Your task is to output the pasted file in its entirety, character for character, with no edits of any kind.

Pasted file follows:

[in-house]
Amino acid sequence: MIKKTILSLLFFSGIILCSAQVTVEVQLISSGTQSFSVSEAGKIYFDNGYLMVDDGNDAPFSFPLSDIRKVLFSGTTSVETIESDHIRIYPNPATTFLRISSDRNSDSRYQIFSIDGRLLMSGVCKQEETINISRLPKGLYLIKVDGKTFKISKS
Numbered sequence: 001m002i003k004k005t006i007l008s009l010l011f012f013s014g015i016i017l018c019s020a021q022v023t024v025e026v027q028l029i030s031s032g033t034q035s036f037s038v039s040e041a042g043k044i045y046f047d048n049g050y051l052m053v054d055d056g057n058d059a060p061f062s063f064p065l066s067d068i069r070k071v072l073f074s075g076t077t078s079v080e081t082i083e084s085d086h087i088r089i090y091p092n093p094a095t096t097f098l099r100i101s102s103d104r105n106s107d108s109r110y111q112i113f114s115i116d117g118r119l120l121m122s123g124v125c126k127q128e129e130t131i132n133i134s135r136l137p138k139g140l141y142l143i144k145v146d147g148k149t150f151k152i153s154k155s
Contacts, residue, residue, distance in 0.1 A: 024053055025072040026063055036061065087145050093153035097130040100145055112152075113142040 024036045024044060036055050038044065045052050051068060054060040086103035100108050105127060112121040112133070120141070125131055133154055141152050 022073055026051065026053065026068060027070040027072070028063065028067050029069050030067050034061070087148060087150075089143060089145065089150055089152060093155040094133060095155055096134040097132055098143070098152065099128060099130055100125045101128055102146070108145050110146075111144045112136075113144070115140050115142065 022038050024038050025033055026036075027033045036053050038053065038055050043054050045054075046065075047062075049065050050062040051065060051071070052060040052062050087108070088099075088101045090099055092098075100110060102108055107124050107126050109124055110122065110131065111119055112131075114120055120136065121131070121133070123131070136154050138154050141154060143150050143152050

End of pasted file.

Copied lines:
[in-house]
Amino acid sequence: MIKKTILSLLFFSGIILCSAQVTVEVQLISSGTQSFSVSEAGKIYFDNGYLMVDDGNDAPFSFPLSDIRKVLFSGTTSVETIESDHIRIYPNPATTFLRISSDRNSDSRYQIFSIDGRLLMSGVCKQEETINISRLPKGLYLIKVDGKTFKISKS
Numbered sequence: 001m002i003k004k005t006i007l008s009l010l011f012f013s014g015i016i017l018c019s020a021q022v023t024v025e026v027q028l029i030s031s032g033t034q035s036f037s038v039s040e041a042g043k044i045y046f047d048n049g050y051l052m053v054d055d056g057n058d059a060p061f062s063f064p065l066s067d068i069r070k071v072l073f074s075g076t077t078s079v080e081t082i083e084s085d086h087i088r089i090y091p092n093p094a095t096t097f098l099r100i101s102s103d104r105n106s107d108s109r110y111q112i113f114s115i116d117g118r119l120l121m122s123g124v125c126k127q128e129e130t131i132n133i134s135r136l137p138k139g140l141y142l143i144k145v146d147g148k149t150f151k152i153s154k155s
Contacts, residue, residue, distance in 0.1 A: 024053055025072040026063055036061065087145050093153035097130040100145055112152075113142040 024036045024044060036055050038044065045052050051068060054060040086103035100108050105127060112121040112133070120141070125131055133154055141152050 022073055026051065026053065026068060027070040027072070028063065028067050029069050030067050034061070087148060087150075089143060089145065089150055089152060093155040094133060095155055096134040097132055098143070098152065099128060099130055100125045101128055102146070108145050110146075111144045112136075113144070115140050115142065 022038050024038050025033055026036075027033045036053050038053065038055050043054050045054075046065075047062075049065050050062040051065060051071070052060040052062050087108070088099075088101045090099055092098075100110060102108055107124050107126050109124055110122065110131065111119055112131075114120055120136065121131070121133070123131070136154050138154050141154060143150050143152050